Trouble in the Solar Power Industry

Decree takes shine off solar industry

April 8th 2009
Photovoltaic equipment manufacturers are cuffed by government constraints and delays in approving licenses for projects are the bane of PV equipment producers.

The Spanish government’s decision last year to rein in the country’s burgeoning solar power sector has put a damper on the ambitions of manufacturers supplying equipment to the industry.

The changes in the regulatory framework for photovoltaic (PV) solar power — in which solar cells directly convert sunlight into electricity — proved too much for BP Solar. The British firm announced last week it was closing its two factories in Spain and laying off 480 employees. After massive expansion in the period 2006-2008 in which solar power installed capacity grew from 144 megawatts to 2,661 MW, other manufacturers present in Spain such as Isolux- Corsan, Bergé and Gestamp are also feeling the squeeze. Companies rushed to complete projects before the government decision took effect, while plans for expansion have either been totally shelved or greatly scaled back.

The reason lies in the decree approved in September last year establishing a new regime for PV power plants after the government felt the mushrooming industry was getting out of hand. The new legislation puts an annual cap on new installations of 500 MW a year assigned on a quarterly basis through a licensing system. The decree also lowered what was paid to PV power producers from €0.42 per kWh to a range of €0.32-€0.34. The cut in rates paid to suppliers was accepted by the industry as manufacturing costs had been brought down by some 30 percent over the past year, allowing solar energy parks to remain viable.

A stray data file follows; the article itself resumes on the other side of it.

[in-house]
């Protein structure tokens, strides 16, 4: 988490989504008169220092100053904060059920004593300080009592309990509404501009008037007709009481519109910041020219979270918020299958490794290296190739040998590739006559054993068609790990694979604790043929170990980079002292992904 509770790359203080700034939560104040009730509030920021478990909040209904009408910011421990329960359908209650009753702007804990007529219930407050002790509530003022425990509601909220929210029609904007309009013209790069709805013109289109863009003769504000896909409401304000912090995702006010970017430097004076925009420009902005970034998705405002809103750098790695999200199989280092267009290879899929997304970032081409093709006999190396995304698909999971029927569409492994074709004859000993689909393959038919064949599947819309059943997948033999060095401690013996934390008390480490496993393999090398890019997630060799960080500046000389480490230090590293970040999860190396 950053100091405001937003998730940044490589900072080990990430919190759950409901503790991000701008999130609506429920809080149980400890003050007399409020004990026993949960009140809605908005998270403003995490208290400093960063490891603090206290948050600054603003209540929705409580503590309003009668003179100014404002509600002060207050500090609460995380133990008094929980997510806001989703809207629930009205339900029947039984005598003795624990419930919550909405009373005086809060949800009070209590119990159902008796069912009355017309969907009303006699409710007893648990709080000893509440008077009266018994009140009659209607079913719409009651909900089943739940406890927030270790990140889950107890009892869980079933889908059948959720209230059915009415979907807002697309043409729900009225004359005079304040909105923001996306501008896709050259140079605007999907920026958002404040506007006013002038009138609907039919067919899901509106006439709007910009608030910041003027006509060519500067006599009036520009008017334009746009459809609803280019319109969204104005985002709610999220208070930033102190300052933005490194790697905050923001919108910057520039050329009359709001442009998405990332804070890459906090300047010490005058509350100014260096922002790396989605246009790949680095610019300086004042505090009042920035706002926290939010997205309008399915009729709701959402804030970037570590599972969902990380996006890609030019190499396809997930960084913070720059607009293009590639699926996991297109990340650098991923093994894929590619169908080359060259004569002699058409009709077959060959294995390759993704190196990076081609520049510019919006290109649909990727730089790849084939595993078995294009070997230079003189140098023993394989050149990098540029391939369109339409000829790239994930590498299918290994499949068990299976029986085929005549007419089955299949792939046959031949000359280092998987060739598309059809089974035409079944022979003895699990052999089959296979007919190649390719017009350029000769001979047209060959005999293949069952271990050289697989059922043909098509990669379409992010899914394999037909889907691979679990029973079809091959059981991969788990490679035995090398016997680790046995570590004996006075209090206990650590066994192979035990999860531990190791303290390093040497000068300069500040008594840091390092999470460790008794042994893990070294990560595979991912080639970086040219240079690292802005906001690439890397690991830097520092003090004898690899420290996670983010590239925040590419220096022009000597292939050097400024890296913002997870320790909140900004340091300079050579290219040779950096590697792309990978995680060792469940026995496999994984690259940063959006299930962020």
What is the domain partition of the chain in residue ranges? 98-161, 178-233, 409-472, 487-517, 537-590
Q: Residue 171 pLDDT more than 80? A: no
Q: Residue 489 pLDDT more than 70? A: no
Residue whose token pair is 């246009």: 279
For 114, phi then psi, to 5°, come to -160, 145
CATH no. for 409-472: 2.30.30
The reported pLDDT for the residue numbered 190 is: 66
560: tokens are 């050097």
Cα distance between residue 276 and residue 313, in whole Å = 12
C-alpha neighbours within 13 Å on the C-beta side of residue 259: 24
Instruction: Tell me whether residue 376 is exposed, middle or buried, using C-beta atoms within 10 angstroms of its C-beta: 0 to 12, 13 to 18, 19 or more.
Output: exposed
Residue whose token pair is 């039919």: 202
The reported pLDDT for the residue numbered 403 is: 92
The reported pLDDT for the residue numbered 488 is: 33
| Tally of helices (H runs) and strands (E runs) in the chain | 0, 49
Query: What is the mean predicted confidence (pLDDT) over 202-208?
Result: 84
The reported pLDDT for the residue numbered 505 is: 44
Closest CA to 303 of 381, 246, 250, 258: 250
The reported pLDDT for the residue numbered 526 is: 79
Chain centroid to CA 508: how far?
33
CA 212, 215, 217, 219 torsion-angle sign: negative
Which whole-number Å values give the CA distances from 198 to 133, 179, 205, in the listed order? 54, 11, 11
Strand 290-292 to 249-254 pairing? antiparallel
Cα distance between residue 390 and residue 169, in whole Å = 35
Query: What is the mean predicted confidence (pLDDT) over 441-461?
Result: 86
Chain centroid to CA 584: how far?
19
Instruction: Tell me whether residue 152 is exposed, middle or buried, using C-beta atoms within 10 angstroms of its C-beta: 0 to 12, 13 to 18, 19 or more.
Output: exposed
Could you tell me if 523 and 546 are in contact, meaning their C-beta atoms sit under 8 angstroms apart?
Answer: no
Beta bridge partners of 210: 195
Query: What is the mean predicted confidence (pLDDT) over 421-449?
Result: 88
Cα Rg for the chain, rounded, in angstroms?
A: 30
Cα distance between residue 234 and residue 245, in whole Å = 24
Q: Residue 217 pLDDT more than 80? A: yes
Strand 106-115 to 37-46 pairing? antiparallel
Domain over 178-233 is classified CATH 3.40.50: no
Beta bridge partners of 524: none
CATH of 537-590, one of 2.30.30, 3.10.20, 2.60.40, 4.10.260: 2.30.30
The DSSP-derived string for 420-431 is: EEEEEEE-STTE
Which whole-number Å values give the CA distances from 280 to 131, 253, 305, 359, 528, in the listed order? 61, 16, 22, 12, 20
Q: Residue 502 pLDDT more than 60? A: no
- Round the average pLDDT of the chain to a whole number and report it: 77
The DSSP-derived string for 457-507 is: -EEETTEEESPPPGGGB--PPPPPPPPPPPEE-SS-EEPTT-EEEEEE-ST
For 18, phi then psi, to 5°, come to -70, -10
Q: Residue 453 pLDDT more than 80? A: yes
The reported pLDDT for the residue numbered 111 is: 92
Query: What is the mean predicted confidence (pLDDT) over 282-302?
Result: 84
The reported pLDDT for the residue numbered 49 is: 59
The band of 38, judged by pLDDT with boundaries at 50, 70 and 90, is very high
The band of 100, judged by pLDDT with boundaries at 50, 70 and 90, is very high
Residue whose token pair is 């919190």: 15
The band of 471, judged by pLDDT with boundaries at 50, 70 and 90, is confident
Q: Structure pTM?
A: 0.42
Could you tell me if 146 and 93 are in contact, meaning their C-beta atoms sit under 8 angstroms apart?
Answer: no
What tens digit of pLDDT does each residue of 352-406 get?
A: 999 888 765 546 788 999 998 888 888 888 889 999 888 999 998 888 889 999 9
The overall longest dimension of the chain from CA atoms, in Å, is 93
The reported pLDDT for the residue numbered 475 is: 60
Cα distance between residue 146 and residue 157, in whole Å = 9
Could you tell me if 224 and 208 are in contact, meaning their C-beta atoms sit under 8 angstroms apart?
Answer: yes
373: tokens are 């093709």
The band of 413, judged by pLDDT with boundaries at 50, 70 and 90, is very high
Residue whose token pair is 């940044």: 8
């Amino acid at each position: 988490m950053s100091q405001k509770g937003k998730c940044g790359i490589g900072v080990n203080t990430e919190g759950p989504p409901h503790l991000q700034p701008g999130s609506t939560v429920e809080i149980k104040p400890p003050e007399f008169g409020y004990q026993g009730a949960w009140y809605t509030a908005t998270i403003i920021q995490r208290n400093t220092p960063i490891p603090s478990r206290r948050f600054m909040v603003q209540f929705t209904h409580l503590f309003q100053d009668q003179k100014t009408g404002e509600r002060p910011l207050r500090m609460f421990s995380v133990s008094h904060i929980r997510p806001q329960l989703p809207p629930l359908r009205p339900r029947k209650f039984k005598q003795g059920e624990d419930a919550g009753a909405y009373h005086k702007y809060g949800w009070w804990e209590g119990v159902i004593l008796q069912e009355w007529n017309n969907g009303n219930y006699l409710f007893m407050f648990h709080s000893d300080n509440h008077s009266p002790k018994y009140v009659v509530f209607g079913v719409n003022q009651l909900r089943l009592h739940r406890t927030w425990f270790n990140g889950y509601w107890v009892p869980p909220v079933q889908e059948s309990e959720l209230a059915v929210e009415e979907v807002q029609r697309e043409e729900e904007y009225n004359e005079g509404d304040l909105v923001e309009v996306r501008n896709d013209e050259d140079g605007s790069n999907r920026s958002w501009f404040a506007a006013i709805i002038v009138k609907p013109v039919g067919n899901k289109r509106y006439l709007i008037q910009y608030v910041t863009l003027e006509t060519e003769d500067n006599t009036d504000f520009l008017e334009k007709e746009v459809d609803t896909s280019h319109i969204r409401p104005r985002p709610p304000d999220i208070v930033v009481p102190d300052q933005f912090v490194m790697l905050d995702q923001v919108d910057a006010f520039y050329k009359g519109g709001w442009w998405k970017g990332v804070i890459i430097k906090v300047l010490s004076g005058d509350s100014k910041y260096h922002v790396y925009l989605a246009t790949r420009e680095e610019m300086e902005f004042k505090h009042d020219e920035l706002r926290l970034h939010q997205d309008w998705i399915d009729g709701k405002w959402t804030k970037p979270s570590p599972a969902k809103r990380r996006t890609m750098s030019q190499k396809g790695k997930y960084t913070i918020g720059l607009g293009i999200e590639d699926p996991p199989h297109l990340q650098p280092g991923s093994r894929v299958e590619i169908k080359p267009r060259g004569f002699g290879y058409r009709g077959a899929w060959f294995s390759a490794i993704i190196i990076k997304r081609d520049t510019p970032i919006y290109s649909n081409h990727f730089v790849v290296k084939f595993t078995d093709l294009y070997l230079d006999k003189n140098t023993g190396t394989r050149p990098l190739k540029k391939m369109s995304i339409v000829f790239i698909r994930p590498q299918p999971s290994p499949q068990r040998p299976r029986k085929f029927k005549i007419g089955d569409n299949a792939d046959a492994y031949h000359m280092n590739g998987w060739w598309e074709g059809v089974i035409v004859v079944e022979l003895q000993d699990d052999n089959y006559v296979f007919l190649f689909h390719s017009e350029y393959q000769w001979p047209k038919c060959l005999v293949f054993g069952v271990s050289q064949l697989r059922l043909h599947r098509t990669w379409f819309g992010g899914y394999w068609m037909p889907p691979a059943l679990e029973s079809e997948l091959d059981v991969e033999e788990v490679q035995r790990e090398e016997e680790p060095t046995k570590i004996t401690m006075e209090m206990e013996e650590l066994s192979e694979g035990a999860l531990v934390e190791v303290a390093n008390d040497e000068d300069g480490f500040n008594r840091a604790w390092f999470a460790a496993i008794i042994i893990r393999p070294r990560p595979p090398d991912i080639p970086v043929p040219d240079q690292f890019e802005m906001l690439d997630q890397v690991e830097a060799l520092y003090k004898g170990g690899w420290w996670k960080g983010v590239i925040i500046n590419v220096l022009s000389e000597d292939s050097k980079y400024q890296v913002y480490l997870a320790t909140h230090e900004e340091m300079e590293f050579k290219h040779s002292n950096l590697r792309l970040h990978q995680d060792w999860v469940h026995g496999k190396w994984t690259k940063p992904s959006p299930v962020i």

However, the chairman of Siliken Energía Renovable, Carlos Navarro, argued it would have been better if the changes had been phased in. “There wasn’t any need to change things overnight,” Navarro says. “In Germany, they gave the sector time to adjust by gradually lowering rates paid” to PV suppliers. The ceiling on new installations, however, has proved more of an obstacle to the development of the industry. “It’s a third of the size of a market such as Germany,” says Juan Laso, the chairman of the PV business association AEF. “That reduces the industry’s ability to compete. “We wanted [a cap] of 800 MW, which is more in line with the size of the Spanish market, and the production capacity of companies in Spain.”

But what has raised the hackles of PV equipment manufacturers the most are delays by the Industry Ministry in approving solar power licenses. The ministry did not announce the list of approved projects until mid-February, more than a month later than planned. Ministry sources acknowledge the problem, but add that they have been overwhelmed by license requests, many of which were incorrectly filed. Given the restrictions in the domestic industry, Spanish companies are now looking increasingly overseas for business.
F. B. / A. S., Madrid, El Pais International Edition April 8th 2009

Unless otherwise stated, the content of this page is licensed under Creative Commons Attribution-ShareAlike 3.0 License